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Is the Intel Core i5-12600K good for gaming?

Intel 12th Gen Corei5 Chip
Intel 12th Gen Corei5 Chip (Image credit: Daniel Rubino / Windows Central)

Is the Intel Core i5-12600K good for gaming?

Best answer: The Intel Core i5-12600K is a brilliant processor for gaming. Rocking 10 physical hybrid cores and 16 threads, this CPU is more than powerful enough for the latest GPUs and PC games.

Intel Core i5-12600K is great for gaming

Most modern games don't require countless cores and threads. So long as you have at least 4 physical cores with double the number of threads, you're usually good to go. Intel made some serious improvements to the Intel Core i5-12600K compared to its predecessor, including a new manufacturing process, 4 more physical cores, and DDR5 support.

Even the best graphics card from AMD and NVIDIA shouldn't experience any bottleneck issues with this CPU, especially when paired with super-fast DDR4 or DDR5 memory. You could spend more and enjoy better performance across the board in numerous scenarios with a Core i7 or Core i9 processor, but you don't need either for gaming.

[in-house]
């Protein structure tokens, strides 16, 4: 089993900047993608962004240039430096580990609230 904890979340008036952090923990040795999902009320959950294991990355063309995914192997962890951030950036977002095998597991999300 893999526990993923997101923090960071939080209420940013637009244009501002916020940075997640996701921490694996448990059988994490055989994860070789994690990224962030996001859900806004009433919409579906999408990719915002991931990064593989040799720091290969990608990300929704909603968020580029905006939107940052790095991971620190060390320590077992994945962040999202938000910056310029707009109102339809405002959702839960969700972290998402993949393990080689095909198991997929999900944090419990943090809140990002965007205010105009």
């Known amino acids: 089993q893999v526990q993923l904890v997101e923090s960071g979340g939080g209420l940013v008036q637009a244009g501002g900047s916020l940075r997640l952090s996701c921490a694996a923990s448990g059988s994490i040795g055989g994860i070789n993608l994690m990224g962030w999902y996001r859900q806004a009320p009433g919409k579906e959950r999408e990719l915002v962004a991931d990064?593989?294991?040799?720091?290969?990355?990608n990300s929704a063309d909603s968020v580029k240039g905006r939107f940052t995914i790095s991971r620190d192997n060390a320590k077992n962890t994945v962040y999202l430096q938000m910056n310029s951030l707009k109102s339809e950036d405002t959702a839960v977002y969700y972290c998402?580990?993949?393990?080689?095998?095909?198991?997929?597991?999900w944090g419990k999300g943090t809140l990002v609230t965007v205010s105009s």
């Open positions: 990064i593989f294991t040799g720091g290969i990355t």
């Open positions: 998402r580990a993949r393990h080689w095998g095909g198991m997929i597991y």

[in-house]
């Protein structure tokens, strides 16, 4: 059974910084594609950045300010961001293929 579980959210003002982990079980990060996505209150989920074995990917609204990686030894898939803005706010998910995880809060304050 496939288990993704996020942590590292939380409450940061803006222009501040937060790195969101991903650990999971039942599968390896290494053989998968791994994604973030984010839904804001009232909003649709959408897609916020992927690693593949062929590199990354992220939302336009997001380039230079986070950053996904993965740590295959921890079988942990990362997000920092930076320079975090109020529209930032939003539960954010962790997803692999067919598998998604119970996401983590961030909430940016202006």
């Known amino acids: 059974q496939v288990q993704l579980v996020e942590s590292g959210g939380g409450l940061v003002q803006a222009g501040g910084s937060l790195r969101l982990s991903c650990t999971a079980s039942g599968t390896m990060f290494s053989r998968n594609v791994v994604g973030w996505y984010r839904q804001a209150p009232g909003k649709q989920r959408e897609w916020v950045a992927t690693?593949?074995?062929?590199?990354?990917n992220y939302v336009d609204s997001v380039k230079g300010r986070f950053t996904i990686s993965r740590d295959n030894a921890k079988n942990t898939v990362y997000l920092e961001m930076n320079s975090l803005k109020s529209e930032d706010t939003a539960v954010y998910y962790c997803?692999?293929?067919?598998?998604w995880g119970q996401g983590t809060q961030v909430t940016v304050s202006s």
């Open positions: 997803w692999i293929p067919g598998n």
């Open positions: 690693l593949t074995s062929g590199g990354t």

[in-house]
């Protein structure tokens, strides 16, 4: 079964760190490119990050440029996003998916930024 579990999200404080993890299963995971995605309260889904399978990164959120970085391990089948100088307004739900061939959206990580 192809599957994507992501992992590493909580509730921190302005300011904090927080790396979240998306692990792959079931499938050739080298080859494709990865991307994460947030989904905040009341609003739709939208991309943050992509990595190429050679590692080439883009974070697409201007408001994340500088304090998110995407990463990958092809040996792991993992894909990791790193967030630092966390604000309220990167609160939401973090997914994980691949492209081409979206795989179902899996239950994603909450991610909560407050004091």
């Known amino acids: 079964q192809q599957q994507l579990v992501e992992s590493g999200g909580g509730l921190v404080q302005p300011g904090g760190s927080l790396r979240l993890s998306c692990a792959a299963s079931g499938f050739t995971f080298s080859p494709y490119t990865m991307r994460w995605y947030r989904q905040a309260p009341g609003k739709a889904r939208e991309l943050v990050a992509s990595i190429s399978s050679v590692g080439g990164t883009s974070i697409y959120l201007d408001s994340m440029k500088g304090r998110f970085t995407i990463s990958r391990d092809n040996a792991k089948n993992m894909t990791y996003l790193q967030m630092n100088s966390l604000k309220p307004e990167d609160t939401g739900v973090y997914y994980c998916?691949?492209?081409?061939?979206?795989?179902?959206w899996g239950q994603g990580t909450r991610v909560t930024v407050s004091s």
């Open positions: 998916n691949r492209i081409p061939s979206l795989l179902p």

The below table compares the Core i5-12600K against the older Core i5-11600K and AMD Ryzen 7 5800X.

CategoryIntel Core i5-12600KIntel Core i5-11600KAMD Ryzen 7 5800X
Base FrequencyP: 3.7GHz
E: 2.8GHz
BoostP: 4.9GHz
E: 3.6GHz
Turbo Boost Max 3.0
Up to 128GB
Up to 128GB
Up to 128GB
L3 Cache20MB12MB32MB
Integrated GraphicsIntel UHD Graphics 770Intel UHD Graphics 750
PCIePCIe Gen 5.0 x 20PCIe Gen 4.0 x 20PCIe Gen 4.0 x 20
Manufacturing Node10nm14nm7nm

Selecting the very best CPU doesn't necessarily result in the best gaming performance. You'll eventually reach a point where the additional cores won't make much difference in most PC titles. We published test results in our in-depth Intel Core i5-12600K review, showcasing just how competent this CPU is for gaming.

Rich Edmonds
Senior Editor, PC Build

Rich Edmonds is Senior Editor of PC hardware at Windows Central, covering everything related to PC components and NAS. He's been involved in technology for more than a decade and knows a thing or two about the magic inside a PC chassis. You can follow him over on Twitter at @RichEdmonds.